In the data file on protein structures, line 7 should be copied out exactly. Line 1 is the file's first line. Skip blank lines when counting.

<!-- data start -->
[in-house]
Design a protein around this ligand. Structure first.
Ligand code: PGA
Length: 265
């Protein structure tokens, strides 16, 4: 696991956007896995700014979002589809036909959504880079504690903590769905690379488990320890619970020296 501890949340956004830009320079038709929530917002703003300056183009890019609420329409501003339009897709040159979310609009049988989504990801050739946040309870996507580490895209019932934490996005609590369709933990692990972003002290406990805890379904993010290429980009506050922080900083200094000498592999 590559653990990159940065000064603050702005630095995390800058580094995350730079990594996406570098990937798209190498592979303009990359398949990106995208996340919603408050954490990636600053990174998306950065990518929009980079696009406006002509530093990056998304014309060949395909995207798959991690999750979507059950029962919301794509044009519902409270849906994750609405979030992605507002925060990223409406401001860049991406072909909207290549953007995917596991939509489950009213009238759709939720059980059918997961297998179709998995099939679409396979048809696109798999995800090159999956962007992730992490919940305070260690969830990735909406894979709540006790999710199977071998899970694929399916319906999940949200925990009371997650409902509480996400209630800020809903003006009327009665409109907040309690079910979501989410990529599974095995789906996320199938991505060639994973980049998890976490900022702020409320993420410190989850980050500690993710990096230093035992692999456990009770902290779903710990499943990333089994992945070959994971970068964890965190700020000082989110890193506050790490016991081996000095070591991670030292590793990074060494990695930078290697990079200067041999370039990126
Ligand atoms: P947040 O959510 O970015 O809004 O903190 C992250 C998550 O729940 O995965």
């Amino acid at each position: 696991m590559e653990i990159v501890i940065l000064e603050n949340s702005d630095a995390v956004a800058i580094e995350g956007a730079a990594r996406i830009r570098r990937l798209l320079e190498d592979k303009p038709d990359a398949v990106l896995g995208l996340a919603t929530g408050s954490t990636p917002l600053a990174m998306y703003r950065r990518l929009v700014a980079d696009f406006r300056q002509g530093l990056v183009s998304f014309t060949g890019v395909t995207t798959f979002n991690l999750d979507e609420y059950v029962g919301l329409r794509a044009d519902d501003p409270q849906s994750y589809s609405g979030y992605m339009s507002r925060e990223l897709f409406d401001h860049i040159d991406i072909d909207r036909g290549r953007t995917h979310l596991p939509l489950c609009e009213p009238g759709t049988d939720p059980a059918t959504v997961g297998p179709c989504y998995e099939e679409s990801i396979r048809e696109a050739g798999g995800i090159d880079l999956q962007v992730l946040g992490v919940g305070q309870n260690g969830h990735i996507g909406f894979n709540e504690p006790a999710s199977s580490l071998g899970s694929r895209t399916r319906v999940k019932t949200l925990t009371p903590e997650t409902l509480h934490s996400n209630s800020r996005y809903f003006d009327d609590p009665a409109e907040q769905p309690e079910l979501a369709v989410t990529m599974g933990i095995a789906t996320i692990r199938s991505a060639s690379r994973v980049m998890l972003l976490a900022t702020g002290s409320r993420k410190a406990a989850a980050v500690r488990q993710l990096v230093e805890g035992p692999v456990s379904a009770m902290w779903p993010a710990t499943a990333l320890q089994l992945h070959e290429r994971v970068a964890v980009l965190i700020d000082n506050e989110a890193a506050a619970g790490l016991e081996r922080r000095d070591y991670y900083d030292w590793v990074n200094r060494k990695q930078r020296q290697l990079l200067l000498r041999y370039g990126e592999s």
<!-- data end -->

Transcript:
């Amino acid at each position: 696991m590559e653990i990159v501890i940065l000064e603050n949340s702005d630095a995390v956004a800058i580094e995350g956007a730079a990594r996406i830009r570098r990937l798209l320079e190498d592979k303009p038709d990359a398949v990106l896995g995208l996340a919603t929530g408050s954490t990636p917002l600053a990174m998306y703003r950065r990518l929009v700014a980079d696009f406006r300056q002509g530093l990056v183009s998304f014309t060949g890019v395909t995207t798959f979002n991690l999750d979507e609420y059950v029962g919301l329409r794509a044009d519902d501003p409270q849906s994750y589809s609405g979030y992605m339009s507002r925060e990223l897709f409406d401001h860049i040159d991406i072909d909207r036909g290549r953007t995917h979310l596991p939509l489950c609009e009213p009238g759709t049988d939720p059980a059918t959504v997961g297998p179709c989504y998995e099939e679409s990801i396979r048809e696109a050739g798999g995800i090159d880079l999956q962007v992730l946040g992490v919940g305070q309870n260690g969830h990735i996507g909406f894979n709540e504690p006790a999710s199977s580490l071998g899970s694929r895209t399916r319906v999940k019932t949200l925990t009371p903590e997650t409902l509480h934490s996400n209630s800020r996005y809903f003006d009327d609590p009665a409109e907040q769905p309690e079910l979501a369709v989410t990529m599974g933990i095995a789906t996320i692990r199938s991505a060639s690379r994973v980049m998890l972003l976490a900022t702020g002290s409320r993420k410190a406990a989850a980050v500690r488990q993710l990096v230093e805890g035992p692999v456990s379904a009770m902290w779903p993010a710990t499943a990333l320890q089994l992945h070959e290429r994971v970068a964890v980009l965190i700020d000082n506050e989110a890193a506050a619970g790490l016991e081996r922080r000095d070591y991670y900083d030292w590793v990074n200094r060494k990695q930078r020296q290697l990079l200067l000498r041999y370039g990126e592999s």